The History of Black Hawk County, Iowa
Less than half a century has rolled into eternity since the Indian title to any portion of the soil of Iowa was extinguished, and the Black Hawk Purchase permitted the resistless tide of emigration westward to flow across the Mississippi, and only thirty years ago the Winnebagoes reluctantly left their Iowa Reserve, the southern line of which was very near the northern part of Black Hawk County. Less than thirty-five years have elapsed since Sturqis and Adams built the first rude log cabins in the valley of the Cedar, and the first brave and hardy pioneers settled on the beautiful prairies of Black Hawk. But these fleeting years have been replete with eventful changes — of history that it has been the purpose of this work to gather, arrange and preserve for transmission to posterity as one of the almost countless chapters in the annals of this great country.
The task has been an arduous and responsible one. Some years had passed, after the first permanent settlements by Sturgis, Adams, Hanna, Virden, Melrose, Mullan, Newell and others, before any written records were made; and of those who settled in the county in 1845, only one now remains to tell the story of their hardships and privations.
The compilers have been forced to depend upon the remembrances of the early settlers for many of the incidents recorded in the following pages. But memories fail with the accumulating burdens of years, and events that were vividly recalled ten or fifteen years ago, are now so nearly forgotten that they return with difficulty at the call of the historian. The reminiscences of James Newell, one of the pioneers of Iowa as early as 1834-5, written by himself before his decease, kindly placed at the disposal of the historians by S.H. Packard, Esq., of Cedar Falls, have furnished some interesting and valuable matter for this work. Large numbers of circulars and letters addressed to Township Clerks and old settlers, asking for information for this work, have not been answered, with one or two honorable exceptions. It has often occurred, also, that different individuals have given sincere and honest, but, nevertheless, conflicting, versions of the same events, and it has been a task of great delicacy to harmonize these conflicting statements. This work has been done with much care and discrimination, with the sole purpose of arriving at the truth. How well this task has been performed, the intelligent reader must judge. It will be strange, indeed, if, in the multiplicity of names, dates and events no errors, no omissions be detected. The compilers do not dare hope that, in all its numerous and varied, details, this work is absolutely correct, nor is it to be expected that it is beyond criticism ; but it is hoped and believed that it will be found measurably correct and generally accurate and reliable. Great care has been constantly exercised in its preparation in the hope of making it a standard work of reference, as well as a volume of interest to the general reader.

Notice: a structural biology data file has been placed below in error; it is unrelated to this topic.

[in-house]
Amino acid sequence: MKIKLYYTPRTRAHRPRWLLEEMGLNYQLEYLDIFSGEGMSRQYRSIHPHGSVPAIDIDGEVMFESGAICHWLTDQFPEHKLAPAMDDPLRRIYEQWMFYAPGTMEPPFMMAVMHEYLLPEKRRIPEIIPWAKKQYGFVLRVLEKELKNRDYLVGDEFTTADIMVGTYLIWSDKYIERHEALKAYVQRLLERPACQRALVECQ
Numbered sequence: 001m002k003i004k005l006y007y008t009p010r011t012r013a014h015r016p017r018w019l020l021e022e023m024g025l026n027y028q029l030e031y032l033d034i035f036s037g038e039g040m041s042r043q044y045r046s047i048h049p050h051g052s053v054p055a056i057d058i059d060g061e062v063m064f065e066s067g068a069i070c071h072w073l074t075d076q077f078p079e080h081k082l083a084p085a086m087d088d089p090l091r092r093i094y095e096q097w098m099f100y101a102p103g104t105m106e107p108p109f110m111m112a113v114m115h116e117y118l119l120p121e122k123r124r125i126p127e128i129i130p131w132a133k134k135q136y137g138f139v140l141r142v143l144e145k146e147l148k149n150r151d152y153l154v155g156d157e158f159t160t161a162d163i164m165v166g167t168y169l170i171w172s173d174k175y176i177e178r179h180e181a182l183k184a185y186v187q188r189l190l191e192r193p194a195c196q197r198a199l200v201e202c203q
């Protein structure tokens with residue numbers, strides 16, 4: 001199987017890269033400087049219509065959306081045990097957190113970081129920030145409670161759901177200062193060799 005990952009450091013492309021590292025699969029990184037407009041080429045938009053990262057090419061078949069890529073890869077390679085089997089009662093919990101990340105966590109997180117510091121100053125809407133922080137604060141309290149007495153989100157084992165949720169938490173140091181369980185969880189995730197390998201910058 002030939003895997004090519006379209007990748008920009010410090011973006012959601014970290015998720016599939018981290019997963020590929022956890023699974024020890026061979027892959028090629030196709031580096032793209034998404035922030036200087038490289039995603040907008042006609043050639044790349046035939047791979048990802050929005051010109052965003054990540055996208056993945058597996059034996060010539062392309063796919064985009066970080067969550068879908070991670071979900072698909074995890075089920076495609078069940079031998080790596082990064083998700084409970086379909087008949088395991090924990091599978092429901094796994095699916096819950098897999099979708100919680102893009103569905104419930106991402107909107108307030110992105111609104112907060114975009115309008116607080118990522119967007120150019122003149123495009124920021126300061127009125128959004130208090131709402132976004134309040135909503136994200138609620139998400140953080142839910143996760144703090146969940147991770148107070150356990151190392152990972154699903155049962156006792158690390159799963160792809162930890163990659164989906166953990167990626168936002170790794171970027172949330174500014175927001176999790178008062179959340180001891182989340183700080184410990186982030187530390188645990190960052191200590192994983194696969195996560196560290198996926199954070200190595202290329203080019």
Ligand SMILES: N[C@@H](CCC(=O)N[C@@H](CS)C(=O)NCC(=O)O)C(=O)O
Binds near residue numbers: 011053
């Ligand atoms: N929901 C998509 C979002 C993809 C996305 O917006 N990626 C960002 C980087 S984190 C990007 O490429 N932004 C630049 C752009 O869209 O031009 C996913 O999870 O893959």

Such as it shall be found, however, our work is done, our offering completed, and it remains for us to tender our acknowledgments to the people of Black Hawk County for the patronage that has enabled us to present them with this volume, and for the courtesy and kindness generally extended to our representatives, to whom has been entrusted the work of collecting and arranging the historical record herein presented to that posterity who, in the not far distant future, are to take the places of the fathers and mothers of today, so many of whose names are honorably recorded in the following pages.
Table of Contents
History northwest territory
History of Iowa
History of Blackhawk county from its early settlement to the present time
BLACK HAWK COUNTY VOLUNTEERS.
BIOGRAPHICAL TOWNSHIP DIRECTORY.
ABSTRACT OF IOWA STATE LAWS.
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During M. Talon's explorations and Marquette's residence at St. Ignatius, they learned of a great river away to the west, and fancied — as all others did then — that upon its fertile banks whole.tribes of God's children resided, to whom the sound of the Gospel had never come. Pilled with a wish to go and preach to them, and in compliance with a request of M. Talon, who earnestly desired to extend the domain of his king, and to ascertain whether the river flowed into the Gulf of Mexico or the Pacific Ocean, Marquette with Joliet, as commander of the expedition, prepared for the undertaking.